T-cell platform

Opexa's initial disease targets are autoimmune diseases amenable to T-cell based therapies, such as Multiple Sclerosis (MS). Opexa has developed a proprietary T-cell technology platform that allows for the production of patient-specific T-cell therapies that induce therapeutic immune responses to combat a variety of autoimmune diseases. Tcelna, Opexa's lead therapeutic candidate for the treatment of MS is based on this platform. Tcelna is a personalized autologous immunotherapy that is not only manufactured for every individual patient but also is tailored to match each patient's evolving disease profile. Tcelna consists of attenuated, patient-specific myelin reactive T-cells (MRTCs) against peptides of the three primary myelin proteins [Myelin basic protein (MBP), Myelin oligodendrocyte glycoprotein (MOG) and Proteolipid protein (PLP)] that have been implicated in T-cell pathogenesis of MS.

Tcelna is manufactured for a patient by the ImmPath™ process, Opexa's proprietary manufacturing process. In the initial step, the patient-specific MRTCs causing the disease are isolated from the blood and expanded in culture with specific peptides identified by assaying peripheral blood mononuclear cell (PBMC) reactivity against 109 peptides derived from MBP, MOG and PLP in the presence of antigen-presenting cells and growth factors. Myelin-peptide reactive T-cells are grown to therapeutic levels and cryopreserved. Prior to use, the MRTCs are expanded, formulated, and attenuated (by irradiation) to render them unable to replicate but viable for therapy. These attenuated T-cells are administered in a defined schedule of five subcutaneous injections. Patients are expected be treated with a new series of Tcelna (5 doses) each year based on their altered disease profile or epitope shift.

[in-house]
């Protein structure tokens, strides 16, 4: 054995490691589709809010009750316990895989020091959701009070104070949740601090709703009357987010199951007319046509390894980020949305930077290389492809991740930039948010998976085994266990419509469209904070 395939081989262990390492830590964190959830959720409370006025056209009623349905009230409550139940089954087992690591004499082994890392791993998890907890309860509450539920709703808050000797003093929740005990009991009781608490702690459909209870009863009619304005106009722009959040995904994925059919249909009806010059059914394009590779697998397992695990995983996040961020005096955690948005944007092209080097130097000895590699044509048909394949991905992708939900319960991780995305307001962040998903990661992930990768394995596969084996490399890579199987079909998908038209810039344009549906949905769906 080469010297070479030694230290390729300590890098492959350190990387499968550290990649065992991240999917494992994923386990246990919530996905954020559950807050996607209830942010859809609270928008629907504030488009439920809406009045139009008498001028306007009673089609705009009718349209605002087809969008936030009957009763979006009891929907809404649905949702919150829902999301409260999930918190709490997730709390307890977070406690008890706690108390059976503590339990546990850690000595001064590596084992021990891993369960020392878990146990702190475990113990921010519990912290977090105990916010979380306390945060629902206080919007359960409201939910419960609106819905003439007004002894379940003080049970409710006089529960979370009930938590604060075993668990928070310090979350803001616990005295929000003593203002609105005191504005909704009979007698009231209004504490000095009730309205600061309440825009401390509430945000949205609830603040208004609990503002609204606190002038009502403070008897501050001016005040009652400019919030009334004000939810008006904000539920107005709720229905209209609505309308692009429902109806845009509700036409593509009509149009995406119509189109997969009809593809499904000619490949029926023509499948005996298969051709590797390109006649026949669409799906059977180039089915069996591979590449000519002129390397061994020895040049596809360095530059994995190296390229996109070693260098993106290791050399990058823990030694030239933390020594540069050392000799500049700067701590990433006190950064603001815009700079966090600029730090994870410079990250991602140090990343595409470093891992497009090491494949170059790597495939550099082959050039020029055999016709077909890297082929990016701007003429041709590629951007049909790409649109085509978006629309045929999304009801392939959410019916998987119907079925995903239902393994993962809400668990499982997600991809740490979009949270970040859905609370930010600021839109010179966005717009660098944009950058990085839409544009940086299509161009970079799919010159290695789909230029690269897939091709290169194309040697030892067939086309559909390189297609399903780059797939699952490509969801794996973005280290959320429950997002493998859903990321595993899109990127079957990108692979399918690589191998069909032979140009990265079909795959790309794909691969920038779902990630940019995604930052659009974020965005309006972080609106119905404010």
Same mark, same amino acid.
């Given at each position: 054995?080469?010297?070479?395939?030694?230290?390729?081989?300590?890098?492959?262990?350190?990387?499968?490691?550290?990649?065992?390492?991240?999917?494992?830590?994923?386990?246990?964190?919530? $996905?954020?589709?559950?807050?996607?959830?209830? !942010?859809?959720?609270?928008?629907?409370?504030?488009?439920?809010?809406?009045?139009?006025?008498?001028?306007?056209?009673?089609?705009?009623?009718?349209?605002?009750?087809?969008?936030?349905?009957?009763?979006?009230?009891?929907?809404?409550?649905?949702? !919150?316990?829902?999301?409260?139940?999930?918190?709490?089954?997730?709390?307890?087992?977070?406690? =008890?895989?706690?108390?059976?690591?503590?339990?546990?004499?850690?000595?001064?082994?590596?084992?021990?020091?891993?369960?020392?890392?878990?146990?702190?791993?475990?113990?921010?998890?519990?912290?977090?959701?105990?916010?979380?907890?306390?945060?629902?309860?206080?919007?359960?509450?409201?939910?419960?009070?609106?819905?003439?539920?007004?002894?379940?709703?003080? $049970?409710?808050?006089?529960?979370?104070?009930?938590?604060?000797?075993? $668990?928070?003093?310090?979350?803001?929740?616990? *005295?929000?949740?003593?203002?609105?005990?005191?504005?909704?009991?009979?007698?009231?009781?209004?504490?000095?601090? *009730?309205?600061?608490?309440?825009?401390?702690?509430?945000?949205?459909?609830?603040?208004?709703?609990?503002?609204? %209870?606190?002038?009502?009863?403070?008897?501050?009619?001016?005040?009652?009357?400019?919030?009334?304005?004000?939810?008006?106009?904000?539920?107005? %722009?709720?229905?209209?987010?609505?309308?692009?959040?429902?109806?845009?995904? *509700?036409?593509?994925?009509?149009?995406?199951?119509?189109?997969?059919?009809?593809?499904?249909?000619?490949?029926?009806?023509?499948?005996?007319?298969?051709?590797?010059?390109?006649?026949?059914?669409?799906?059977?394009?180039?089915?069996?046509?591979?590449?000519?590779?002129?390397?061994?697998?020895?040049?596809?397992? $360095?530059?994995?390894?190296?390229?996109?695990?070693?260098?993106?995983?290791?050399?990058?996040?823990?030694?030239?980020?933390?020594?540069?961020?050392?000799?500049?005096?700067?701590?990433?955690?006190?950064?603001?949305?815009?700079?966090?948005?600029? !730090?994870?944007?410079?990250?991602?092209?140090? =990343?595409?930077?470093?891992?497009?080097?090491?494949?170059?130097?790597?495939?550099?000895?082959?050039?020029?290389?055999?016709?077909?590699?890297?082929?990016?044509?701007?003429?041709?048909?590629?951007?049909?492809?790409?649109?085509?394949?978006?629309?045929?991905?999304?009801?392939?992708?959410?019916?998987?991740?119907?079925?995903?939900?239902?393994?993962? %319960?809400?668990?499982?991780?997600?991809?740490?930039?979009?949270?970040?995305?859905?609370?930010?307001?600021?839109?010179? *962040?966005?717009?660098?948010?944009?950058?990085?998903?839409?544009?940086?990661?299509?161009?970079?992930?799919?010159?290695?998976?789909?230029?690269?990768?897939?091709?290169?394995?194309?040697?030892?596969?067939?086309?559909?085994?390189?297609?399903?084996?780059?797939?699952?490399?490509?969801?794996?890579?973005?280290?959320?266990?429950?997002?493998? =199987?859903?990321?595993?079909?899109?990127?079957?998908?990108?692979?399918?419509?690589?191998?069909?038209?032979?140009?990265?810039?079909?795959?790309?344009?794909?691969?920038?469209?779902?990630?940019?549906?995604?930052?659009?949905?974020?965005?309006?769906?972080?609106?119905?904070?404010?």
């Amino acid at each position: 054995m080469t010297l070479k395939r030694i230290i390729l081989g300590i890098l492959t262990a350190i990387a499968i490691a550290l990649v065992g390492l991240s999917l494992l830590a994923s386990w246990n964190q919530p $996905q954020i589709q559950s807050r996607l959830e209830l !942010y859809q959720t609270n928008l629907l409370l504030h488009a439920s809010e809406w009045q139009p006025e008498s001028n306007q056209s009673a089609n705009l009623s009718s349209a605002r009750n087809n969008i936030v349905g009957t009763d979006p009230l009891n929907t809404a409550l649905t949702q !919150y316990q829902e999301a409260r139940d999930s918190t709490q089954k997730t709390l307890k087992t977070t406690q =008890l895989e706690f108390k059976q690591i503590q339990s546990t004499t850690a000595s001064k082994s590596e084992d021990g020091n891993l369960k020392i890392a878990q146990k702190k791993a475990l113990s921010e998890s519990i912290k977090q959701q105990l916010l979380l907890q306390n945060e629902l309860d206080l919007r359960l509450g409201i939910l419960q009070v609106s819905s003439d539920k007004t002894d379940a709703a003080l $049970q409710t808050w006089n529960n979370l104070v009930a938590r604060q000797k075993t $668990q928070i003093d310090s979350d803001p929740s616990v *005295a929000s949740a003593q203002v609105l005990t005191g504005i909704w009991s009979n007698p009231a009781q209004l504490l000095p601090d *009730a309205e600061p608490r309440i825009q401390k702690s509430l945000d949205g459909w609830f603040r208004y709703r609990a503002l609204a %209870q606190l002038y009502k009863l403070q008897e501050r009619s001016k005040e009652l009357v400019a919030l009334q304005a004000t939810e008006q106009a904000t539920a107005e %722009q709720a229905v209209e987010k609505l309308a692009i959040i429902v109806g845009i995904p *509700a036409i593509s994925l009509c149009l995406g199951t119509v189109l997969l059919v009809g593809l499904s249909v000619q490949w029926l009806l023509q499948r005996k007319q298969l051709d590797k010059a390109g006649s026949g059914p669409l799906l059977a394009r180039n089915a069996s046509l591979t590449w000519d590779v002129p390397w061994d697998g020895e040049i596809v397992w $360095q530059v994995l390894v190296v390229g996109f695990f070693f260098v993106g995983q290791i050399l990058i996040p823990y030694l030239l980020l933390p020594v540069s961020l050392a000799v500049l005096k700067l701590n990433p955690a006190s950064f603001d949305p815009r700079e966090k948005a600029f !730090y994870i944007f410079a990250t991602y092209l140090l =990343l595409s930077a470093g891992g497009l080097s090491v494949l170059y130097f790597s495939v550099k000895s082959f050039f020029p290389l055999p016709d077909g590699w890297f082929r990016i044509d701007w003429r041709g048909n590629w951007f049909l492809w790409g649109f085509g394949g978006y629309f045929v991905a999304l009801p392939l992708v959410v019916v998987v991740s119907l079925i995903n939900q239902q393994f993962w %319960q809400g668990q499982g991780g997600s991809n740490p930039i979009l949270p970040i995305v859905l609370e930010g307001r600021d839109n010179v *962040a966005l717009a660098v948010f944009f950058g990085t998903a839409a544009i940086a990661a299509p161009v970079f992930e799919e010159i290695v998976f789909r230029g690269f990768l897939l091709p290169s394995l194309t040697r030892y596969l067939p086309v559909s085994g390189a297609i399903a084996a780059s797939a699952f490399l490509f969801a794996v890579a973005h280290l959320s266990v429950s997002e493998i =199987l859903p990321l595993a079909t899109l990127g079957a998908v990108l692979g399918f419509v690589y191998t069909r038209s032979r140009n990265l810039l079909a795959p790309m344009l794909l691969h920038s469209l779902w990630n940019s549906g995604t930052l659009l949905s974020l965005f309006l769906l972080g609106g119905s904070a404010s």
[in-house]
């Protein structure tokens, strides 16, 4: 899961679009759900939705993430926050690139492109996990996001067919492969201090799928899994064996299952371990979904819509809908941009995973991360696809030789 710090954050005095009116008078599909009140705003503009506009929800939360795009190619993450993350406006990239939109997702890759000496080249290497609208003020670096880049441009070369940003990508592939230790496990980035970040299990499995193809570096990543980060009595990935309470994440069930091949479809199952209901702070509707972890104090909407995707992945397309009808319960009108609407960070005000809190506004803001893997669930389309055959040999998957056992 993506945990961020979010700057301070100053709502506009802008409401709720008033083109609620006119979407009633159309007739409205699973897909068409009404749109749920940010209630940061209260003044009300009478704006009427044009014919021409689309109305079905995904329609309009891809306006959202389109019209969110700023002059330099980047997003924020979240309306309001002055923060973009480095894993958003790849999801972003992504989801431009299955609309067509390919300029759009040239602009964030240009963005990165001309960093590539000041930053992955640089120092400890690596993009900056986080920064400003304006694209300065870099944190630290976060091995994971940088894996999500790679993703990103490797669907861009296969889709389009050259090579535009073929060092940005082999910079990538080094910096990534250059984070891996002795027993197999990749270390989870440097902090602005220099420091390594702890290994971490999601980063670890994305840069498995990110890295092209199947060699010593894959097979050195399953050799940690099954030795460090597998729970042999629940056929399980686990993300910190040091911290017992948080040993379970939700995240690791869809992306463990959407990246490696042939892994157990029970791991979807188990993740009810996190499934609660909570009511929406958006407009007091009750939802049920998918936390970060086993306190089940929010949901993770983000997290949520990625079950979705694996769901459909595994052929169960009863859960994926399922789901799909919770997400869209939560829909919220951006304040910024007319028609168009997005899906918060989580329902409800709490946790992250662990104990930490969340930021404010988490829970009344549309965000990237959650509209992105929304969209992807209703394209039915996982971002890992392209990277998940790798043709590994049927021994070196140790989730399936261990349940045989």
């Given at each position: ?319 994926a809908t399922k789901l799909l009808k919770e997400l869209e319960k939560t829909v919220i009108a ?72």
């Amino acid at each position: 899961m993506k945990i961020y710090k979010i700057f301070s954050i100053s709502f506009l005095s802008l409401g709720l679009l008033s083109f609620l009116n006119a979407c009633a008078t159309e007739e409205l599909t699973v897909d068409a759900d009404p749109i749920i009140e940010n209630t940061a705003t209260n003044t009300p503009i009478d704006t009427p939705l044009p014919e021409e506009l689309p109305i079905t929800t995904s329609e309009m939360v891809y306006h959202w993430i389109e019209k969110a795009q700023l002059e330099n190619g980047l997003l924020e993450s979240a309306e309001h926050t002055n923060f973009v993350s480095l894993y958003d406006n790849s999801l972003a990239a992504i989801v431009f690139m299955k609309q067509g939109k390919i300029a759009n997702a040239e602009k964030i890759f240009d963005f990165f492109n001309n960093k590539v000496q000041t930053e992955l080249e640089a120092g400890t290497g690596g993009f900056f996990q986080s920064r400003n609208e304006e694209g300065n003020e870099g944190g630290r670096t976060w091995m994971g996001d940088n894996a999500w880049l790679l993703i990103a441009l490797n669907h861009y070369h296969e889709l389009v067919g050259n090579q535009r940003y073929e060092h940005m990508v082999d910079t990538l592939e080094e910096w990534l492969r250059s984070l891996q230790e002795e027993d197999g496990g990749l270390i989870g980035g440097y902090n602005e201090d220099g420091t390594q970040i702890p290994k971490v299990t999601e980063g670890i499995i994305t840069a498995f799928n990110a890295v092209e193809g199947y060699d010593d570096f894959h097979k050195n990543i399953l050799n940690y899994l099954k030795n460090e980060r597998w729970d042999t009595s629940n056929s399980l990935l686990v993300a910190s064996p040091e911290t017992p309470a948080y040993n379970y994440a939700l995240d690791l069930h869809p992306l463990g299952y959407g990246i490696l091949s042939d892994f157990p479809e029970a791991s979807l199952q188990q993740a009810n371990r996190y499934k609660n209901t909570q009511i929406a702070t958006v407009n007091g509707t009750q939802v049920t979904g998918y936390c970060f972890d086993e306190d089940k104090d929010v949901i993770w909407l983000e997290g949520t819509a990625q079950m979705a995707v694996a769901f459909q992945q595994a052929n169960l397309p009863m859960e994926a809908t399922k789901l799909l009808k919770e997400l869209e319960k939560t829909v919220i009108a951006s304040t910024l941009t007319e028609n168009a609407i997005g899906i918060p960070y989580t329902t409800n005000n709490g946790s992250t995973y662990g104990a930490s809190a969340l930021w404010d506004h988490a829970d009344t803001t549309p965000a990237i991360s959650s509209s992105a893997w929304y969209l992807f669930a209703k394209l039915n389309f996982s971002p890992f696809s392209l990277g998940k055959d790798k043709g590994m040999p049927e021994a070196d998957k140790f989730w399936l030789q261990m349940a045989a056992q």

Stem cell platform

Opexa has also developed a proprietary adult stem cell technology to produce monocyte-derived stem cells (MDSC) from blood. These MDSC can be derived from a patient's monocytes, expanded ex vivo, and then administered to the same patient. Our initial focus is the further development of this monocyte-derived stem cell technology as a platform for the in vitro generation of highly specialized cells for potential application in autologous cell therapy for patients with diabetes mellitus.

A proprietary in vitro process has been developed to derive MDSC from blood monocytes, expand them ex vivo, and then convert them to MDIs for transplantation into the hepatic main portal vein of diabetic patients. The Company believes that because this is an adult autologous therapy there should be no rejection issues therefore avoiding the use of anti-rejection drugs.

We believe we have demonstrated that the MDSCs are multipotent stem cells that may be cultured under defined conditions to convert them into several cellular lineages. The diabetes program is in an early (pre-clinical) development stage.